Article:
‘I am sure that even if an official inquiry happened they wouldn’t get to how survivors have been ‘supported’. I am still really pissed off about not being invited to the 7/7 centre survivor meeting [despite helping to set up a survivor group for fellow passengers, despite making herself known to the Red Cross and 7th July Support Centre staff, despite turning up to a previous Red Cross-organised ‘Survivor’s meeting’, and having had several telephone calls and email conversations with the organisers, Jane and other Piccadilly line survivors have yet to be officially invited to anything] I feel that I have to be quite determined to sort things out myself. The Government have put it in the hard of charities like the red cross - but - and I hate myself for thinking this - they are being rubbish and are totally disorganised.’

‘Yes - A public inquiry is essential for more understanding of what actually happened. I certainly had no support from any public office- no one has called or written. Also unfortunately the place I was working (freelance contract) didn't consider my situation at all, I was expected to turn up for work AND pay for my own taxis. It wasn't until some of my work-mates made a fuss on my behalf after seeing me wrecked after a tube journey, that they offered to pay for some taxis- no-one suggested that I actually take some time off work. I don’t think that they understood just what we had all been through. It's only now that I am back in the country and not working that the full horror has hit me. Who can say how I will be feeling in 6 months time?’

‘I personally think there definitely should be a public inquiry.
How dare Tony Blair say there shouldn’t be one. He is the one that got us into this mess by agreeing to go to war.
Also they knew about the bombers a year beforehand. I reckon that is why they are not doing a public enquiry. If they did then a lot of crap would come out that they just don't want anyone to hear. I think we should air our views on this or some of us should. This country always seems to put up and shut up and it is time we did something about it. We are all angry and hurt with the government and what they are doing.’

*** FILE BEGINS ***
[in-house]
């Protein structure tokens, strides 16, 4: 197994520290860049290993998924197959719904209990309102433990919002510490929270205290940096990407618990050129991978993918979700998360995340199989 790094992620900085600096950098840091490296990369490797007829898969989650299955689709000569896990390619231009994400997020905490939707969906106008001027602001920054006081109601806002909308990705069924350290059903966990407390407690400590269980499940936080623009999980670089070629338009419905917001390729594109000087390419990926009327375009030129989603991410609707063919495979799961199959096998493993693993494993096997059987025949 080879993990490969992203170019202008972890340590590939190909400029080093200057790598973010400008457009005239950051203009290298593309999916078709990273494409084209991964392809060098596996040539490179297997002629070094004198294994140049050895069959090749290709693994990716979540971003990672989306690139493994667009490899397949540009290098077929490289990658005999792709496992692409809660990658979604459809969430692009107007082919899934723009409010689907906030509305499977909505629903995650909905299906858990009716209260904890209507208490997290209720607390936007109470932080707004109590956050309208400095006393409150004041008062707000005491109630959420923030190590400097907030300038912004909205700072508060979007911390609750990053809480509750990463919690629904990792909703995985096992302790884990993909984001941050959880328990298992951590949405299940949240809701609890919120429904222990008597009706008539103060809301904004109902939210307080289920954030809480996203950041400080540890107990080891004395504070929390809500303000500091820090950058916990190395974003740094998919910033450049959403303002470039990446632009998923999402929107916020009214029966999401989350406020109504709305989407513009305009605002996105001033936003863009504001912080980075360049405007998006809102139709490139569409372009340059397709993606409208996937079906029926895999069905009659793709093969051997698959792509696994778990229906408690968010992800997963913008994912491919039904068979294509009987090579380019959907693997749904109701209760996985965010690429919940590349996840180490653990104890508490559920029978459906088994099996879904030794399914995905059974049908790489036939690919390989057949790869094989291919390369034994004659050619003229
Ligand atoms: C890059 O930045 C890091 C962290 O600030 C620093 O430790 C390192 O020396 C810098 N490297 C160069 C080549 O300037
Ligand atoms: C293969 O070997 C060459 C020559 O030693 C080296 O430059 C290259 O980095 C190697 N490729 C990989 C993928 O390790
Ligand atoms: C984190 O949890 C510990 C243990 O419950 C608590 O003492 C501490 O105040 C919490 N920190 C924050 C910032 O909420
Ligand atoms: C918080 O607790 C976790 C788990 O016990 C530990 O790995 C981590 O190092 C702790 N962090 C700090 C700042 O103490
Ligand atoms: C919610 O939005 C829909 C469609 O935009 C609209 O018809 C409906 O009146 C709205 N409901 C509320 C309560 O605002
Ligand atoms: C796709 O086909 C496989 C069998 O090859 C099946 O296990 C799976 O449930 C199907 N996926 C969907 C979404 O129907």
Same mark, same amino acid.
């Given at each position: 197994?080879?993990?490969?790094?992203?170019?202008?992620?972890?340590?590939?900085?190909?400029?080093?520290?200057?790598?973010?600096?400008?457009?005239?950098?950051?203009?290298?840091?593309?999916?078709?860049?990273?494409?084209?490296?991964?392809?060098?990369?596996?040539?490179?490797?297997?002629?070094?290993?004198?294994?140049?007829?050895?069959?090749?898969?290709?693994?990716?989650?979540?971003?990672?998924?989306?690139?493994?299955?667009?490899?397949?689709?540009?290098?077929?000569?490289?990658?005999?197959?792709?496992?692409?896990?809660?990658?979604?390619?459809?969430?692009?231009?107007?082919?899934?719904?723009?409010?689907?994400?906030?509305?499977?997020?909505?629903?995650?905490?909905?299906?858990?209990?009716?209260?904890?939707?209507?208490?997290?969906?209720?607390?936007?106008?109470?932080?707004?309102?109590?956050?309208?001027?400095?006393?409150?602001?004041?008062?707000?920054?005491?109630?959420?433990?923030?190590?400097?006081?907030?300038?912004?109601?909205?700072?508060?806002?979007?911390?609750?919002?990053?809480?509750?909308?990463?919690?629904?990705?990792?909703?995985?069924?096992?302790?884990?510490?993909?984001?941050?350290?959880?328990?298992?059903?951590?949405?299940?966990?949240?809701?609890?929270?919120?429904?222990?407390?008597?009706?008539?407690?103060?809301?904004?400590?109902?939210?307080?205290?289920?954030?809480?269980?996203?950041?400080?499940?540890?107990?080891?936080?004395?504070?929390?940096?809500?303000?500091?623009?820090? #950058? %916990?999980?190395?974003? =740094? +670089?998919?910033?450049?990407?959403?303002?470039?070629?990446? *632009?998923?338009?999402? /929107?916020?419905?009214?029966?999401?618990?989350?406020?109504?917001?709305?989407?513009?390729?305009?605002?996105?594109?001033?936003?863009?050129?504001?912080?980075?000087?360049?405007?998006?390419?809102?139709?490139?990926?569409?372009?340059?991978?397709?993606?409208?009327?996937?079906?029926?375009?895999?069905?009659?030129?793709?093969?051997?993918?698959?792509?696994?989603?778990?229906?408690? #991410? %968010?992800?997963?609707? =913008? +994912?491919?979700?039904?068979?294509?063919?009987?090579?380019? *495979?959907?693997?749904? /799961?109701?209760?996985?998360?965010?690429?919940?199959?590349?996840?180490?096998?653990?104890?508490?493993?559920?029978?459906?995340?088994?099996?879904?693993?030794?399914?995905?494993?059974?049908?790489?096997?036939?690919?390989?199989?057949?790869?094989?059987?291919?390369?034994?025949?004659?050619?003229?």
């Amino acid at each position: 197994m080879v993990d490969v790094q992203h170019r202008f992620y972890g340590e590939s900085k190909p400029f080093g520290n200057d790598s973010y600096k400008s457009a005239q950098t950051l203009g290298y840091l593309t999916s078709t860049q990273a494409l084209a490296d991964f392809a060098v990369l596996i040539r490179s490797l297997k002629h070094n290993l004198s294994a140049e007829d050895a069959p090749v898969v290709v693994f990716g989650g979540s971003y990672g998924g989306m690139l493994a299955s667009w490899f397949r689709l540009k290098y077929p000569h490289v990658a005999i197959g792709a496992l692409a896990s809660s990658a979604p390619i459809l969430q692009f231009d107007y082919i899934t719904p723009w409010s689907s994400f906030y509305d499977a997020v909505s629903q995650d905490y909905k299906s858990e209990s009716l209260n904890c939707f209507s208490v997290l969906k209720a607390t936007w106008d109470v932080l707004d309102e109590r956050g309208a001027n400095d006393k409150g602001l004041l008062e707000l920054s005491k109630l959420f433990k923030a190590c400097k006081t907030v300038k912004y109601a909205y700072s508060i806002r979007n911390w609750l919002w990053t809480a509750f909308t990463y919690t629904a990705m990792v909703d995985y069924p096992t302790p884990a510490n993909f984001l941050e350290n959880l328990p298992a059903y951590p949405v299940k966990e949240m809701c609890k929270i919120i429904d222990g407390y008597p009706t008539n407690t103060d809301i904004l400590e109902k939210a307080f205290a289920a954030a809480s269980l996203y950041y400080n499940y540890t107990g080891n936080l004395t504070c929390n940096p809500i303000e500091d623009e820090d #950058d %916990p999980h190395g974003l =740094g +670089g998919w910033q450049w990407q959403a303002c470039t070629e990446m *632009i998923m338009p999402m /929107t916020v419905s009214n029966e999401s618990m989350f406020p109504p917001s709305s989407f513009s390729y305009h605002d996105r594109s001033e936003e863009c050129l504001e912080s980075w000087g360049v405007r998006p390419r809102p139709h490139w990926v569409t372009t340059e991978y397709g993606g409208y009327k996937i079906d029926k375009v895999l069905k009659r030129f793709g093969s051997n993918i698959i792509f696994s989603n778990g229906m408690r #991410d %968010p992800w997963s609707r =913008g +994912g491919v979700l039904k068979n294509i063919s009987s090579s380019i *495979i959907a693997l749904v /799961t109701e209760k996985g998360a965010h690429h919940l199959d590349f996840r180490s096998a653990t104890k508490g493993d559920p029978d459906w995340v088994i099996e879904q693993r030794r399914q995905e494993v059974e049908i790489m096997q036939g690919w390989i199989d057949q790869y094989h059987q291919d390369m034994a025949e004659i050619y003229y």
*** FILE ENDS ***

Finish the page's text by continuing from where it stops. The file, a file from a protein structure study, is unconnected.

‘I personally think the whole thing is suss - if you think about it there were apparent "power surges" all morning, I was even told there was a fire at Caledonian Road - (funny how on that same morning 4 bombs went off) - to me that whole morning was as though commuters were being put off travelling into London it was as though someone knew that something was going to happen on the underground - how funny we haven’t heard anything about the power surges since!!!!!!! No wonder they don’t want a public inquiry....’

'Whilst I would welcome a public inquiry, I have to ask myself one question... what is the point?

This government has set up inquiry after inquiry (Lord Hutton's inquiry into the death of Dr David Kelly to name one) with Tony Blair's own people in charge, to tell the gullible country what they want them to hear.

The fact of the matter is this one would be no different and the truth will still never come out and vital bits of information kept secret. It makes me feel sad we live in a world like this but politics is a dirty business run by dirty people.'


Anonymous Anonymous said...

I too think that there should be an enquiry.I was on the Aldgate train and the horror is still pretty sharp, I have never had any contact or so much as a victim support letter, although I am now commencing some trauma treatment which I am grateful to recieve.
We need to know much more about the bombersfor they must have had support and help.

February 08, 2006 9:47 pm  
Blogger Rachel said...

Thanks for your comment Lizzie, and for visting the blog.

I am sorry that you have not had any contact or victim support letter, and that you are affected as so many of us are.

I hope that 2006 is a better year for you and good luck.

Rachel x
PS. and the 7th July Assistance Centre 0845 054 7444 can put you in tuch with other Aldgate survivors

February 08, 2006 11:26 pm